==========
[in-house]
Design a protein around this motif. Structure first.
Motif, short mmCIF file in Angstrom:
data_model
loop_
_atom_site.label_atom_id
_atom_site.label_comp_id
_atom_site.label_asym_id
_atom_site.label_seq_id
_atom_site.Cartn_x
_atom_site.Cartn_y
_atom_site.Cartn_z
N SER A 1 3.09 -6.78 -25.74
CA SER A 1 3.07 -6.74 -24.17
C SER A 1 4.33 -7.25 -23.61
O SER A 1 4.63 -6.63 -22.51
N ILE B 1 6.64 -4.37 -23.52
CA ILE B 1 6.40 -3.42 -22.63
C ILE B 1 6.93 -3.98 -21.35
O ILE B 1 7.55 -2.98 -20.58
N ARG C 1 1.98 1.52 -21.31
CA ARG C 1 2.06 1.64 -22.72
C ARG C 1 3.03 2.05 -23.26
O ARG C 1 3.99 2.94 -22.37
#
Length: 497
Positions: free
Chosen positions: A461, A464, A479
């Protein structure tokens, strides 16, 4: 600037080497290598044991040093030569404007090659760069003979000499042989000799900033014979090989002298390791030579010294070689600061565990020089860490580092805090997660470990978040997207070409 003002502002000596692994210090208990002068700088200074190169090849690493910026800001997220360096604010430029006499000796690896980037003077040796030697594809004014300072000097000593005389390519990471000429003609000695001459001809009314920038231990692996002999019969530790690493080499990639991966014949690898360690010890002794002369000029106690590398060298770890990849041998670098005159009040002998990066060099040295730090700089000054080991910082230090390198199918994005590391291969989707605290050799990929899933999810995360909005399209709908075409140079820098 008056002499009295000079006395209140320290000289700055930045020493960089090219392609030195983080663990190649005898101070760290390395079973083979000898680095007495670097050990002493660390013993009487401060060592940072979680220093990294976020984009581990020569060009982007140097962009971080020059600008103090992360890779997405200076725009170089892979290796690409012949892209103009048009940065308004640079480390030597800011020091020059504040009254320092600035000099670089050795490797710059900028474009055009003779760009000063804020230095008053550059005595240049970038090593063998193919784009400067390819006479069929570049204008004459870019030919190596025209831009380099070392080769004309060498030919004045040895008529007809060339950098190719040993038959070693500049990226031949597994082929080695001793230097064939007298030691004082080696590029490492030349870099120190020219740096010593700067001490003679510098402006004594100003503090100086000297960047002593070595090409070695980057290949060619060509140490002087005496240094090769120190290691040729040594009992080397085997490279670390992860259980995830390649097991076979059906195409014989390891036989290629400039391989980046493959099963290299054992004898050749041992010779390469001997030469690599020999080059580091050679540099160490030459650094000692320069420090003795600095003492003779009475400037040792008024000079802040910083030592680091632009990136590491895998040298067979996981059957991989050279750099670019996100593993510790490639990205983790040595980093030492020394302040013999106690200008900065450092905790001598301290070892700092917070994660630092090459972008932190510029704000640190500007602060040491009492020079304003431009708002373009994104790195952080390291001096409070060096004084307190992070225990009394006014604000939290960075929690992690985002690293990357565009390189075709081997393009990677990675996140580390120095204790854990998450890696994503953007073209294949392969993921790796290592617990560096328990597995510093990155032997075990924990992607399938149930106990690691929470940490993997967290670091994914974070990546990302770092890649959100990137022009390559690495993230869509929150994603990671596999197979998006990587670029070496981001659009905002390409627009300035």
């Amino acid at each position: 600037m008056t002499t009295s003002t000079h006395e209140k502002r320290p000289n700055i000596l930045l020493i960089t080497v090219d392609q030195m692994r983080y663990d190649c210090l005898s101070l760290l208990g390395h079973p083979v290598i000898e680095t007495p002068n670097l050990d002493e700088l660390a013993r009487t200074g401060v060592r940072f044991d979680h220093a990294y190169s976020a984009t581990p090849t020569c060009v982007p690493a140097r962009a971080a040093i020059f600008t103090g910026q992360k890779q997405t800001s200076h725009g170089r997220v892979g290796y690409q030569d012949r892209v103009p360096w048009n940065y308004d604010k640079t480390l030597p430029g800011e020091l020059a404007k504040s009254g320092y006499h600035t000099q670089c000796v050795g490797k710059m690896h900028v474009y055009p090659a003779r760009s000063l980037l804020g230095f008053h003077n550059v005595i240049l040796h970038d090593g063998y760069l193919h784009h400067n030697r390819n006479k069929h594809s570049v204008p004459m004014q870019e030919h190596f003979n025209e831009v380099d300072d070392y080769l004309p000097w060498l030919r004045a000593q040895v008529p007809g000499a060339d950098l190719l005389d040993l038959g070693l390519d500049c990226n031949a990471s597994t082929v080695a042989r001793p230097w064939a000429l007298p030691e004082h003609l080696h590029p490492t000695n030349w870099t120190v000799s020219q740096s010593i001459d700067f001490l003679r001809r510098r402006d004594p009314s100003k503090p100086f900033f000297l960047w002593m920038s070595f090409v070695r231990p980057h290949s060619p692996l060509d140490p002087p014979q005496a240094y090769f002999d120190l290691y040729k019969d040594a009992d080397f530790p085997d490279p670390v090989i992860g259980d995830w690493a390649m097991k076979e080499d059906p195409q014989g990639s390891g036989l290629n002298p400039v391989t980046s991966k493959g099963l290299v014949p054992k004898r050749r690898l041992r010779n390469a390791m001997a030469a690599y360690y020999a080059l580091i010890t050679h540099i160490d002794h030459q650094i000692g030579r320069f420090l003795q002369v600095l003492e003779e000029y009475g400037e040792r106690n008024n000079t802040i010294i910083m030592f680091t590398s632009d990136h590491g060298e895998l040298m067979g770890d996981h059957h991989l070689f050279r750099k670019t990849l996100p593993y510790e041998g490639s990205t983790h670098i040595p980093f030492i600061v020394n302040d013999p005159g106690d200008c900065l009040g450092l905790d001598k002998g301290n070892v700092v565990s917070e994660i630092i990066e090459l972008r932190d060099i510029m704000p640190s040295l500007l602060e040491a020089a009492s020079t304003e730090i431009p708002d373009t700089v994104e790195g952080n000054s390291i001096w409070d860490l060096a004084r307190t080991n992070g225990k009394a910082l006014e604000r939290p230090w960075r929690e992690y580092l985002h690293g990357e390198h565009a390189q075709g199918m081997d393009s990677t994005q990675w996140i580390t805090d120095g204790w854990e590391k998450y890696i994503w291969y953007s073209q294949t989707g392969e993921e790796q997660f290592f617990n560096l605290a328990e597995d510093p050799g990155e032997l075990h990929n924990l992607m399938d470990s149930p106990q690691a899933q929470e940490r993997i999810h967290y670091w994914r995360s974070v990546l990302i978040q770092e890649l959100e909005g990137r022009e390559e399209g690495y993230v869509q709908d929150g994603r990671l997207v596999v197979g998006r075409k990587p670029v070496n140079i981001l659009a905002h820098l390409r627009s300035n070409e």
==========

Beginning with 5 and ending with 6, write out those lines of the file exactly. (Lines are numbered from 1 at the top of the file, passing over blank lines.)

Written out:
loop_
_atom_site.label_atom_id